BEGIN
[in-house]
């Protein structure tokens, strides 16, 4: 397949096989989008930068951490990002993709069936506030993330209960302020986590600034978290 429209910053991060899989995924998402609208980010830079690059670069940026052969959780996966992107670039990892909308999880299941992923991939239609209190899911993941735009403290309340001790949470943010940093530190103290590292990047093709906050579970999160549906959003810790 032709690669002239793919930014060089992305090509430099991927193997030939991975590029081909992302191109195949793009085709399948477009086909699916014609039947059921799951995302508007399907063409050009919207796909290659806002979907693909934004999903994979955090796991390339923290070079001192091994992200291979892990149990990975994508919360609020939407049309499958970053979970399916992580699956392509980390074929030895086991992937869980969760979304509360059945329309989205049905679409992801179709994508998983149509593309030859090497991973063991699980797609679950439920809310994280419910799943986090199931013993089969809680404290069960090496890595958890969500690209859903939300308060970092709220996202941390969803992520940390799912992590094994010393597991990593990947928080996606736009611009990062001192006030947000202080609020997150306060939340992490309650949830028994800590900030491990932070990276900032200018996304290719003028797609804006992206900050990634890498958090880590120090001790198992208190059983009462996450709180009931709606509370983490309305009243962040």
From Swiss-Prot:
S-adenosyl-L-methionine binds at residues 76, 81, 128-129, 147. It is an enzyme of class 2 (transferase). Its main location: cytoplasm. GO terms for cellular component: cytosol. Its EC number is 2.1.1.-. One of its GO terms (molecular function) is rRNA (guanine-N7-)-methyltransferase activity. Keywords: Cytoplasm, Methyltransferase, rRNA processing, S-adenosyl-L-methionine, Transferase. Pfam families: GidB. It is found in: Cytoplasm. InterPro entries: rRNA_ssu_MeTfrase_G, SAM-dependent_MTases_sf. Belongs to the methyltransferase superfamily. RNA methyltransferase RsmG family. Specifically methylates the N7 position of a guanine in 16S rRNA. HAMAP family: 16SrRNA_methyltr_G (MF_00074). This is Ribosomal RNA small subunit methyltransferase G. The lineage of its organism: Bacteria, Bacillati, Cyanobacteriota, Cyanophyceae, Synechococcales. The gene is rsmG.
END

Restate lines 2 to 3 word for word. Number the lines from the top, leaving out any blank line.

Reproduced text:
């Protein structure tokens, strides 16, 4: 397949096989989008930068951490990002993709069936506030993330209960302020986590600034978290 429209910053991060899989995924998402609208980010830079690059670069940026052969959780996966992107670039990892909308999880299941992923991939239609209190899911993941735009403290309340001790949470943010940093530190103290590292990047093709906050579970999160549906959003810790 032709690669002239793919930014060089992305090509430099991927193997030939991975590029081909992302191109195949793009085709399948477009086909699916014609039947059921799951995302508007399907063409050009919207796909290659806002979907693909934004999903994979955090796991390339923290070079001192091994992200291979892990149990990975994508919360609020939407049309499958970053979970399916992580699956392509980390074929030895086991992937869980969760979304509360059945329309989205049905679409992801179709994508998983149509593309030859090497991973063991699980797609679950439920809310994280419910799943986090199931013993089969809680404290069960090496890595958890969500690209859903939300308060970092709220996202941390969803992520940390799912992590094994010393597991990593990947928080996606736009611009990062001192006030947000202080609020997150306060939340992490309650949830028994800590900030491990932070990276900032200018996304290719003028797609804006992206900050990634890498958090880590120090001790198992208190059983009462996450709180009931709606509370983490309305009243962040």
From Swiss-Prot: